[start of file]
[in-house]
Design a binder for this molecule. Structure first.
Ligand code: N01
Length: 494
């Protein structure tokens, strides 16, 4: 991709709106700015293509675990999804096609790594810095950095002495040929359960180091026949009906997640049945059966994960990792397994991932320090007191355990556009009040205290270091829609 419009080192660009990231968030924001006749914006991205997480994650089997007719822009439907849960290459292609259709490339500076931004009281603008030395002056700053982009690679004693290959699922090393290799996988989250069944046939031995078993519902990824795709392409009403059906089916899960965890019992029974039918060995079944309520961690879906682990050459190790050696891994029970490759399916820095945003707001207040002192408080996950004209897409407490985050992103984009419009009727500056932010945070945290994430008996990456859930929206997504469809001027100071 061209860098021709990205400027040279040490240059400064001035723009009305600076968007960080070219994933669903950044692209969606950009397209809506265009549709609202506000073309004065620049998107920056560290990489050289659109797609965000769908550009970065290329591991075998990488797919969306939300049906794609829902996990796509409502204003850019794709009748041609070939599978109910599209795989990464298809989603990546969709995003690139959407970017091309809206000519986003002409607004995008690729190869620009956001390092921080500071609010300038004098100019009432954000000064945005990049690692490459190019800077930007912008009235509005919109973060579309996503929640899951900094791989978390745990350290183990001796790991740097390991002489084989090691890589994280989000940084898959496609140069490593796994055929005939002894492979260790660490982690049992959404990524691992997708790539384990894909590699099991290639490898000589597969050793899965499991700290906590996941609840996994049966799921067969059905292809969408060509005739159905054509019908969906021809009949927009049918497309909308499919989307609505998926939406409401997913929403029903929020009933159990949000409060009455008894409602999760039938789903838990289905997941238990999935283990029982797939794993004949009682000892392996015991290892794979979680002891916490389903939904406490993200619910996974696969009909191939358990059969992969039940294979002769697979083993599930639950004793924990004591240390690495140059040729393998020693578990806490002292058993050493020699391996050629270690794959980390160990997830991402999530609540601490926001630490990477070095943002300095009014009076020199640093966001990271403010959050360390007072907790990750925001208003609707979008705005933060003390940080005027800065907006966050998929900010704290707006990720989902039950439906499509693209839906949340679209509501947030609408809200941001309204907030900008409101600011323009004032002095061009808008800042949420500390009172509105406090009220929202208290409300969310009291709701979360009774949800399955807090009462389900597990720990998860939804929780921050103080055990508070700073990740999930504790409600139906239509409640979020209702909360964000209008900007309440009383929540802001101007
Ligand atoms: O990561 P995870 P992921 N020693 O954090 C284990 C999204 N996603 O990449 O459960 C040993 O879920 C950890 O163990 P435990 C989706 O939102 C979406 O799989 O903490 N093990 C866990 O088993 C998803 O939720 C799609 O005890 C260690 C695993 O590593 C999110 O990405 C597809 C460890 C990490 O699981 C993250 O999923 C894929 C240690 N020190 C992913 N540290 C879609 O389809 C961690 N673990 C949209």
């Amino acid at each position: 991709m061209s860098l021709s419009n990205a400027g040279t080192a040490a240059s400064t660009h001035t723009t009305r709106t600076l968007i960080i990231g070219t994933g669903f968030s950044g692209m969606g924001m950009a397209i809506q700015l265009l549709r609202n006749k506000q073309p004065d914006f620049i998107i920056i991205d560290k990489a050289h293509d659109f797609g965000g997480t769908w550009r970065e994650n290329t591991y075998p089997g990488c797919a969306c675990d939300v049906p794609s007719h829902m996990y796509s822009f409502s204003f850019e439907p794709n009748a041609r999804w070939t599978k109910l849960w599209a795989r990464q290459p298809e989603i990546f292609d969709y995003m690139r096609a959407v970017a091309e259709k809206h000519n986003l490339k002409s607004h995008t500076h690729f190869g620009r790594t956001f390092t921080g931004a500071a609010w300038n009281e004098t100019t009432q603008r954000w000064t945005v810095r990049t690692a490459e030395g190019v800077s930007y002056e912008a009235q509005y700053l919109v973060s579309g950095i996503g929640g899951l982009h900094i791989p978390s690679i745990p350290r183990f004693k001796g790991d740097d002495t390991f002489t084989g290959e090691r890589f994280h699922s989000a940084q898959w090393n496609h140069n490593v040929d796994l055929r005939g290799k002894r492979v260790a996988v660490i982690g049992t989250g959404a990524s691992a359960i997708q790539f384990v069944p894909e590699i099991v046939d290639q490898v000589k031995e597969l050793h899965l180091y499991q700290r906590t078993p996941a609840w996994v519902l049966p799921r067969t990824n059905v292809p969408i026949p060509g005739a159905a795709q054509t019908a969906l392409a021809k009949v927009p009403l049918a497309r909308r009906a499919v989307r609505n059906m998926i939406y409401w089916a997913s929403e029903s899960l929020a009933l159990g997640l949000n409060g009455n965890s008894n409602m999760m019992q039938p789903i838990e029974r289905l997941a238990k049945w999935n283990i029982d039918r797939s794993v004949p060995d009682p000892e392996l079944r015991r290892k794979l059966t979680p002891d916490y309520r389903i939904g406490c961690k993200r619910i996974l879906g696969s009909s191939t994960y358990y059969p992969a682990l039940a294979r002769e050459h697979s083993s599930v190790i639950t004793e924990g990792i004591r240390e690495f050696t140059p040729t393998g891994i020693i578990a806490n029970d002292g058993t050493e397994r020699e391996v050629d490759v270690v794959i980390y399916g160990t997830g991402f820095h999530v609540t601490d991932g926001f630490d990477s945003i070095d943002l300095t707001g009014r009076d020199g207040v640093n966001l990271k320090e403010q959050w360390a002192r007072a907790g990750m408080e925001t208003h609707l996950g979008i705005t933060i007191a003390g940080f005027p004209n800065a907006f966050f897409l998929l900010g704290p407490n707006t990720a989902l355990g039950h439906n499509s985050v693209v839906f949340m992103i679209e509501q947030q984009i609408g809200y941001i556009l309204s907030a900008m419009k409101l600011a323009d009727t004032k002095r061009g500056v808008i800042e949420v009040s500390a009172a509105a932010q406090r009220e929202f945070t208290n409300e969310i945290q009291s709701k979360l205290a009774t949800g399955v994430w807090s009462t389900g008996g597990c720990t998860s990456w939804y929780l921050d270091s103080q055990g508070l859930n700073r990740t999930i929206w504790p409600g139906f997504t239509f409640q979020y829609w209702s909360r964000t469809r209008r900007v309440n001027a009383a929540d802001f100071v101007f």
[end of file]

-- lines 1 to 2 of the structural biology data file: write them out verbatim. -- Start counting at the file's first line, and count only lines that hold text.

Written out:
[in-house]
Design a binder for this molecule. Structure first.